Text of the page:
Story: Christian (Nikolaj Coster-Waldau) is a cop with vengeance on his mind, after a domestic disturbance call took a tragic, violent turn. His partner Lars (Soren Malling) and he responded to the distress call, only to discover there was more to the situation than either expected, with Christian forced to make a tough decision. With the suspect in custody, but evidence of more going on, Christian borrows Lars’ firearm, since his own was left behind by accident. This proves to be a fatal mistake, as Lars is killed by the criminal and when he is finally caught, Christian is unable to act, since the suspect is a valued informant for the government. But the suspect is used to follow an even bigger criminal fish, Christian remains out for revenge, and he isn’t the only one.
Entertainment Value: Domino was a troubled project, with production delays, budget cuts, and then being shelved for a couple years, which lowered my expectations, but with Brian De Palma at the helm, I still had to give this one a chance. The end results bears more than a few signs of those production woes, but De Palma’s direction is able to salvage the picture, though without his hand on the wheel, I think Domino would have tanked. De Palma is able to work his signature brand of cinematic magic at times, giving the movie some scenes that are so effective, it is worth sitting through the rest, a true testament to his skill. Now De Palma can’t work miracles, so the lackluster script does drag down the experience and serves as an albatross of sorts. The writing is mediocre and often downright bad, which is a shame, as the premise is sound and De Palma was on point when he could be with the material. The action scenes prove to be the reason to come here and while not all of them are good, the ones that shine are remarkable and really stand out. I wanted to like Domino and I think it does have bright spots, but not enough to earn it more than a light recommendation for De Palma devotees.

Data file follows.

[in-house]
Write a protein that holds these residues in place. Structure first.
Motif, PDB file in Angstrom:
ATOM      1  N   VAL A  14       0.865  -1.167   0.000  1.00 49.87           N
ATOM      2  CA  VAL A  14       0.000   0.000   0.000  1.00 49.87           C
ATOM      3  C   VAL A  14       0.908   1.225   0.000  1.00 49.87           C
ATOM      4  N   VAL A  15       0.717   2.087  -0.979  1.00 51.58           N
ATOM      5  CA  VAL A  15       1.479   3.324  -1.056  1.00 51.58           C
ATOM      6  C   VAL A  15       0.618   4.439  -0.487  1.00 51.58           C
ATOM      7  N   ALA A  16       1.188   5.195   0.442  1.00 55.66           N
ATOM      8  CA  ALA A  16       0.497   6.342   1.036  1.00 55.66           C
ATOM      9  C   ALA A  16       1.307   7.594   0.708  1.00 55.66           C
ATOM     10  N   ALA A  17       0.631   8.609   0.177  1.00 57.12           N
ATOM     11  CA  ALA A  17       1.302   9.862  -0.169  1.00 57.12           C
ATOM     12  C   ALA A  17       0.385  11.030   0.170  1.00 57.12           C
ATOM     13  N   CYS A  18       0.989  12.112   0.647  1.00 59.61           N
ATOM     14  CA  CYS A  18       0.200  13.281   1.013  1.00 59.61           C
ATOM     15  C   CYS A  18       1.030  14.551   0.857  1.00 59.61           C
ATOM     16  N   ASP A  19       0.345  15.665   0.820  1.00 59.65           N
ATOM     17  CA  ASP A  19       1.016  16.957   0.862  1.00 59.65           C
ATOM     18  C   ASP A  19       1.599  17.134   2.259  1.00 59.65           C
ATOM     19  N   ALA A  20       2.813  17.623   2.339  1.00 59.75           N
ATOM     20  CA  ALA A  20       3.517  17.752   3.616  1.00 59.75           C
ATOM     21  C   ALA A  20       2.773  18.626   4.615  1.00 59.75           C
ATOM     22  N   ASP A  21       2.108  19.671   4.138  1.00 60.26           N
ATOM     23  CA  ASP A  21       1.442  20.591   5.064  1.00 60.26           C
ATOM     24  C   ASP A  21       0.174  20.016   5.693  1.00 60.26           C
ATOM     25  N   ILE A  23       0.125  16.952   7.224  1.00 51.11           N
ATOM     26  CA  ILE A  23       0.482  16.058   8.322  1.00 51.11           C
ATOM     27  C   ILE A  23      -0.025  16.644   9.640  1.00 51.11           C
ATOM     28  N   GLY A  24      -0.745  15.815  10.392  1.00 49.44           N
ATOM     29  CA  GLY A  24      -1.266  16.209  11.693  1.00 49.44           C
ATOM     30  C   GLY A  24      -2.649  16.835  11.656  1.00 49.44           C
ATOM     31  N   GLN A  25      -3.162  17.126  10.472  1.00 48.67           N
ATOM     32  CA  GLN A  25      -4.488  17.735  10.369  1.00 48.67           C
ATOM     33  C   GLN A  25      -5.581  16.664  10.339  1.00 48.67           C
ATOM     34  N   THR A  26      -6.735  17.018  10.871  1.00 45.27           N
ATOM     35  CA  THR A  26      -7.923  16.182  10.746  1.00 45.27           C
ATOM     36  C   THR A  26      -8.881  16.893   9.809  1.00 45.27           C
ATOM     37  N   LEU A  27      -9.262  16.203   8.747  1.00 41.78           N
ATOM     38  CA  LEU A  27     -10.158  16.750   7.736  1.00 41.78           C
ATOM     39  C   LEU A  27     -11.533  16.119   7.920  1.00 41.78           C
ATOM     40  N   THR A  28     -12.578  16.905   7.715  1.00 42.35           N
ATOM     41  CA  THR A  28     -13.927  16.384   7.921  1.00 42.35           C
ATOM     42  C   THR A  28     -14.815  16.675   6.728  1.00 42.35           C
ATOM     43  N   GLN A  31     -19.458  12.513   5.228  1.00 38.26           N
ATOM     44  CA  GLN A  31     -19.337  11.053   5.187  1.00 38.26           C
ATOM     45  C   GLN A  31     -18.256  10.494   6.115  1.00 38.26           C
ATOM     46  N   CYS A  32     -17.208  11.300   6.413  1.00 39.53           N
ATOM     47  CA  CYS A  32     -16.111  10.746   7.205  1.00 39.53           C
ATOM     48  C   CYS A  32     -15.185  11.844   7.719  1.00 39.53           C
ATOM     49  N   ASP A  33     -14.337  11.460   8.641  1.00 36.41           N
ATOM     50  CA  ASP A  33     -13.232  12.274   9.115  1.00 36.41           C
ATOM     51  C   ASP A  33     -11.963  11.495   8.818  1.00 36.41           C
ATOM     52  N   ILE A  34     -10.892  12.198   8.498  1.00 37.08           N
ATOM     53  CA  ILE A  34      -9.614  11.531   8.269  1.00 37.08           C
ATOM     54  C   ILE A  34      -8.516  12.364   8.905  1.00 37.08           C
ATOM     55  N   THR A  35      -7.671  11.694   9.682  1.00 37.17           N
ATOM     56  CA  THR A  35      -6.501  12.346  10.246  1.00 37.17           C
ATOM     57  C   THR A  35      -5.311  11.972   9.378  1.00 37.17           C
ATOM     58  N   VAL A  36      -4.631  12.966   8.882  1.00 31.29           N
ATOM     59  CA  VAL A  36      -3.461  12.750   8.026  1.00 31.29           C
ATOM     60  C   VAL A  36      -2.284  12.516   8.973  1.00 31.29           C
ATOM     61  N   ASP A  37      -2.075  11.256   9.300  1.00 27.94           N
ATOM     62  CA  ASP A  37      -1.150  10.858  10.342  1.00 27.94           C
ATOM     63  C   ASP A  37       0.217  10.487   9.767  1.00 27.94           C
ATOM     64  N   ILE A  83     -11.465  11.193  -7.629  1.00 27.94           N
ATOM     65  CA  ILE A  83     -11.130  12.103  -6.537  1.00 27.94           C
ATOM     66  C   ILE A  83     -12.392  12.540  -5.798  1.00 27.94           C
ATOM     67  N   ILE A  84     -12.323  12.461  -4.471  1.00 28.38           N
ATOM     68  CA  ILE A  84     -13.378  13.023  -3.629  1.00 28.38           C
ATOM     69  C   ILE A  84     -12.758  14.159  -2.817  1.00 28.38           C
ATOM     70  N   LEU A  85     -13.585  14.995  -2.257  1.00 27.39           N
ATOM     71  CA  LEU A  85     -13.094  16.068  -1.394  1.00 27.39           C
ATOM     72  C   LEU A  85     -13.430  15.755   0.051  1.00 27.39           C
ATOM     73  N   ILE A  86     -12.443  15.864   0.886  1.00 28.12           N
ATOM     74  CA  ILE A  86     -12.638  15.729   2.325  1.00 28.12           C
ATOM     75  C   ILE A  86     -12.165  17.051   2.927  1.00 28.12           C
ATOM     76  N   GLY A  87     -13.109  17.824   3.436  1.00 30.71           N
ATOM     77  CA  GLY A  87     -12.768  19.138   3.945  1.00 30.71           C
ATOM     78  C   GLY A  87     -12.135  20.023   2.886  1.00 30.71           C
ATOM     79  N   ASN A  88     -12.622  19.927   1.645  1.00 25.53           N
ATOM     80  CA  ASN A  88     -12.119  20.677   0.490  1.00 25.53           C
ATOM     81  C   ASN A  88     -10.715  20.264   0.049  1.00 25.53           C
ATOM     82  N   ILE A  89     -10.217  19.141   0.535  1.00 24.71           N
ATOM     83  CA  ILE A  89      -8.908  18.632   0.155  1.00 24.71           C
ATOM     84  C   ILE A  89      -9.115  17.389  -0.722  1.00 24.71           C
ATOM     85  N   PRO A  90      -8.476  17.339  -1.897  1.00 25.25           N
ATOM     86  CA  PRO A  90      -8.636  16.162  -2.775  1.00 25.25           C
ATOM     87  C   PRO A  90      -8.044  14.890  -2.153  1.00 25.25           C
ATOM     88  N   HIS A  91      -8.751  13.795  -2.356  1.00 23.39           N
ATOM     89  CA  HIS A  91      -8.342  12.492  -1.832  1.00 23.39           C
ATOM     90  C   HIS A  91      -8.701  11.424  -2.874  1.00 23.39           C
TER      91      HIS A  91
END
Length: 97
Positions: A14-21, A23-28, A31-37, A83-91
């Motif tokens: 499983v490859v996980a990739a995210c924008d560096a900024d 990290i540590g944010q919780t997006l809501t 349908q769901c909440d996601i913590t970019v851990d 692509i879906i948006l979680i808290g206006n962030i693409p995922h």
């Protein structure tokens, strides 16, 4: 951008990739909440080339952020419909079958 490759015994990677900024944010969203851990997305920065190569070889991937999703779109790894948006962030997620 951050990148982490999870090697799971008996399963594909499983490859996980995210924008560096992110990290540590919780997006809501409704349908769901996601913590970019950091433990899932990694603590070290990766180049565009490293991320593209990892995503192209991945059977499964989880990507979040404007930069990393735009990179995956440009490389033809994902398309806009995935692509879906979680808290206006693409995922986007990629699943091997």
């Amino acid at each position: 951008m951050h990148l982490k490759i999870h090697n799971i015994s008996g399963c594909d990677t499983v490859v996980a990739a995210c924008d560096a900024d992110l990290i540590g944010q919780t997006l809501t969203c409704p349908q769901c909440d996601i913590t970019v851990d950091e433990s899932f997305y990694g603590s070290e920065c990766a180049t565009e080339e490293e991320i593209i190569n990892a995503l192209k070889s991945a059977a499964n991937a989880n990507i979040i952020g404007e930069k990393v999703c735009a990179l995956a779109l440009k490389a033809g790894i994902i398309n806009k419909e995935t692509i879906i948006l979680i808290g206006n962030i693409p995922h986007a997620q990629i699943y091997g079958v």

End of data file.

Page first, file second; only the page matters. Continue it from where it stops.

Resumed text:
While De Palma’s direction is what will likely be the main lure here, Domino does have some good talent involved in front of the camera as well. Game of Thrones star Nikolaj Coster-Waldau has the lead and while he does what he can with the character, the material gives him little to work with. I think he does well all things considered and the only reason the main character is sometimes effective is due to the performance, certainly not the script. His fans will still find this to be a worthwhile endeavor though, as he does rise to the challenge, despite the writing flaws that hinder his talents. The same can be said for Carice van Houten, who again does more with the material than it deserves and turns in a more than solid effort here. It is a shame that with capable talent and a still potent director, Domino’s script had to hamstring the entire production. The cast also includes Guy Pearce, Soren Malling, Paprika Steen, and Thomas W. Gabrielsson.